Cardinal O'Brien chose a forthcoming BBC radio interview to repeat his call for Scotland to be "re-Christianised". He said Christianity had been present in Scotland since St Ninian landed at Whithorn in AD397, but that the country no longer lived up to Christian standards:
I feel I must take a stand when Christianity itself is questioned in this country. In a re-Christianised Scotland I would certainly respect the beliefs of people of other faiths, the great world faiths, and acknowledge when they are celebrating their feasts, just as they acknowledge when we celebrate the feast of Christmas and these sort of things. But I would also like them to realise that they are living in Scotland as a Christian country.


13th January
Updated 31st March
  Tolerant Death Threats

From MediawatchWatch

Magazinet, an obscure Norwegian Christian magazine, has incurred the wrath of the Supreme Islamic Council for re-publishing the Mohammed cartoons originally printed by Jyllands-Posten in Denmark.

According to Islam Online, the head of the Supreme Islamic Council, Mohammed Hamdan, has condemned the magazine “in the strongest possible terms”. When informed that Magazinet printed the cartoons in the name of free expression, Hamdan revealingly replied: What on earth does freedom of expression mean?

He hopes that the government of Norway will condemn the publication, unlike the Danish government who steadfastly refused to take action: Editors should not take free speech as an excuse to insult a certain religion; otherwise they risk an extremist response from the offended, which carries grave consequences.

In other words, shut up or we’ll kill you.

17th January   Update : Tolerantly Threatening Death in an atmosphere free of intimidation or bullying

Newspaper page of cartoon MohammedsWhen UK Muslim dignatories were challenged for the homophobic opinions then they said: All Britons, whether they are in favour of homosexuality or not, should be allowed to freely express their views in an atmosphere free of intimidation or bullying. We cannot claim to be a truly free and open society while we are trying to silence dissenting views.

From MediawatchWatch

According to the Brussels Journal, the Norwegian newspaper which published the Mohammed cartoons in support of Jylands-Posten has withdrawn them from its website in the face of death threats.

Vebjørn Selbekk, the editor of Magazinet, received threatening anonymous emails, including one containing a picture of a burnt body. The e-mail with the pictures of the burnt body is the most frightening. But I am not afraid. This is of course unpleasant, especially for a family man. But I cannot go around being afraid said Selbekk.

Another Norwegian newspaper, Dagbladet, has also published the cartoons as a gesture of support.

27th January   Update: Saudi Depiction of Intolerance

From The Guardian

Saudi Arabia said yesterday it had recalled its ambassador to Denmark, saying the government had not taken enough action over newspaper cartoons seen as mocking Islam and the prophet Muhammad. The Saudi government recalled its ambassador ... in light of the Danish government's lack of attention to insulting the prophet Muhammad by its newspapers, a Saudi official said.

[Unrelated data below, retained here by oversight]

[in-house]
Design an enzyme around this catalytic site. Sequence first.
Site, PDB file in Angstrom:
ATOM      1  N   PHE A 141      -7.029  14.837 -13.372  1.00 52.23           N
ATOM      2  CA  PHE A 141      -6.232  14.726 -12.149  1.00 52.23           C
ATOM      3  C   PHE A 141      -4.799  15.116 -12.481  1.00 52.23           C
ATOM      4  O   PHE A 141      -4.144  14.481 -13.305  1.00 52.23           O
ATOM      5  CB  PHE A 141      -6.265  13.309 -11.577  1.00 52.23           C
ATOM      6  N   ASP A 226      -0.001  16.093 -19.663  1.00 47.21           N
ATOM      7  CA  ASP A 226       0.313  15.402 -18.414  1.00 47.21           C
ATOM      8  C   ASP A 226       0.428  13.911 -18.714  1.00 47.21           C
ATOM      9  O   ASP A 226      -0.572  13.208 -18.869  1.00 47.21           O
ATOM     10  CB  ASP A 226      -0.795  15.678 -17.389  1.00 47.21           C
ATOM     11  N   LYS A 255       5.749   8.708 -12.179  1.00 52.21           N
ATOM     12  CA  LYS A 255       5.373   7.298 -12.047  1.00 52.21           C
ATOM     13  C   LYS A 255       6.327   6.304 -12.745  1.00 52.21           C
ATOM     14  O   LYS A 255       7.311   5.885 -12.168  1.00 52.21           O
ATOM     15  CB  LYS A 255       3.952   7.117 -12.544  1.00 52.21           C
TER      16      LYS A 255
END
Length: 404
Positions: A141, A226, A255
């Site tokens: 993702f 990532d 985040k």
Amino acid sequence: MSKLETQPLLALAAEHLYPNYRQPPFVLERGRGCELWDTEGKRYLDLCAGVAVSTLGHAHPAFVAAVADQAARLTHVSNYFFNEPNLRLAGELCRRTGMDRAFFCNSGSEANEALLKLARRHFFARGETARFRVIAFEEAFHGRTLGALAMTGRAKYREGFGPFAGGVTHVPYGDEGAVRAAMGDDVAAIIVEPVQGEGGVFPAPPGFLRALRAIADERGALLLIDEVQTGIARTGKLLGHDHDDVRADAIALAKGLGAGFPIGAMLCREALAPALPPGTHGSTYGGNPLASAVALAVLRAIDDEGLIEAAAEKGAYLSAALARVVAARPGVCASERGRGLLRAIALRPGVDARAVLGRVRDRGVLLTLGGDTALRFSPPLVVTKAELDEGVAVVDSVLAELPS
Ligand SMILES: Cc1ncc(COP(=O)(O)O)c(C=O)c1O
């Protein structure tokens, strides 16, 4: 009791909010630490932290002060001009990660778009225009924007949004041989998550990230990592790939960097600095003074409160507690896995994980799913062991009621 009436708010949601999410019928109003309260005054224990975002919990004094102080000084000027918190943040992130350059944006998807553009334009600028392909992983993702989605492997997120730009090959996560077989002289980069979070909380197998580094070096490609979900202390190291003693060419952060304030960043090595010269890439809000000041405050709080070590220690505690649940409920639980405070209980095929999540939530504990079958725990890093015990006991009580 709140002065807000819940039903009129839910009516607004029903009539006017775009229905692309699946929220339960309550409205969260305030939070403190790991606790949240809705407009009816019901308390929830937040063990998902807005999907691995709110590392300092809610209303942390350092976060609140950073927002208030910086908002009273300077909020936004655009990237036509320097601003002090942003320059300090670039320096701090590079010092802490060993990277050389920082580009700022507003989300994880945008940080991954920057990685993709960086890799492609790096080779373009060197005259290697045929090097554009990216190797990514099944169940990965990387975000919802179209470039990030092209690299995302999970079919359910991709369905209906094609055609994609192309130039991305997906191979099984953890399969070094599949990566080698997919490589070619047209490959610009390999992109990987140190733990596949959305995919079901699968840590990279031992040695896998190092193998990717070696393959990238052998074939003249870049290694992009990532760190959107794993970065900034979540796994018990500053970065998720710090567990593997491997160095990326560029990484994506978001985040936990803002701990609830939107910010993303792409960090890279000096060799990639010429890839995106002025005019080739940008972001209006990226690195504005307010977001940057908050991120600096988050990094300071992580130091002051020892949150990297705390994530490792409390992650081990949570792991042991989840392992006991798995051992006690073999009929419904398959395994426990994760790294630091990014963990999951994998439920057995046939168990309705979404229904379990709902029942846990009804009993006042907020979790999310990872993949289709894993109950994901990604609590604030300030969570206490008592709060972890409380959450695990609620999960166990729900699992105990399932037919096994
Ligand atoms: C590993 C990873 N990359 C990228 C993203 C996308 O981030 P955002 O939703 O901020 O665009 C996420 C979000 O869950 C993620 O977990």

Denmark's biggest newspaper, Jyllands-Posten, ran 12 cartoons last September including one in which Muhammad seemed to be carrying a bomb in his turban.

28th January   Update : Morality Does not Apply to Business

Denmark's main industry organization, fearing a loss of business in the Muslim world, sought to distance itself Friday from a newspaper that published contentious drawings of Islam's Prophet Muhammad.

The Confederation of Danish Industries urged Jyllands-Posten to explain its decision to publish the cartoons on Sept. 30 last year: Time has come for Jyllands-Posten to use its freedom of speech to explain how it views the fact that the paper's Muhammad drawings have offended large groups of people, the group's head, Hans Skov Christensen, wrote in a letter to the daily.

The caricatures have sparked a wave of denunciations across the Islamic world and from Muslim leaders in Denmark. Islamic tradition bars any depiction of the prophet, even respectful ones, out of concern that such images could lead to idolatry.

In Iraq on Friday, thousands of people condemned the caricatures during weekly prayer services and demanded legal action be taken against the newspaper.

Skov Christensen said Danish companies faced repercussions this week from customers in the Middle East, including product boycotts, dropped orders, and cancelled business meetings. The confederation claims the Middle East accounts for annual sales of at least $816 million for Danish companies.

Danish-based Arla Foods, Europe's largest dairy group, said it had noted sales dropping in Saudi Arabia because of protests over the drawings.

30th January   Update : Iraq Protests & Norwegian Apologies

From MediawatchWatch

Shiite and Sunni clerics in Iraq have joined the chorus of condemnation against the Mohammed cartoons published first by Jyllands-Posten in Denmark, and then by a couple of magazines in Norway.

Ranting in his mosque in a Shiite district in Baghdad, Sheikh Hazem al-Aaraji said: They want to disfigure Islam and this we cannot accept. These cartoons directly attack the personality of the messenger of God. We say to them: they cannot attack Mohammed, nor any of the prophets. Mohammed is the symbol of humanity. He is not dead, he lives always among us through his teachings and through the sacred book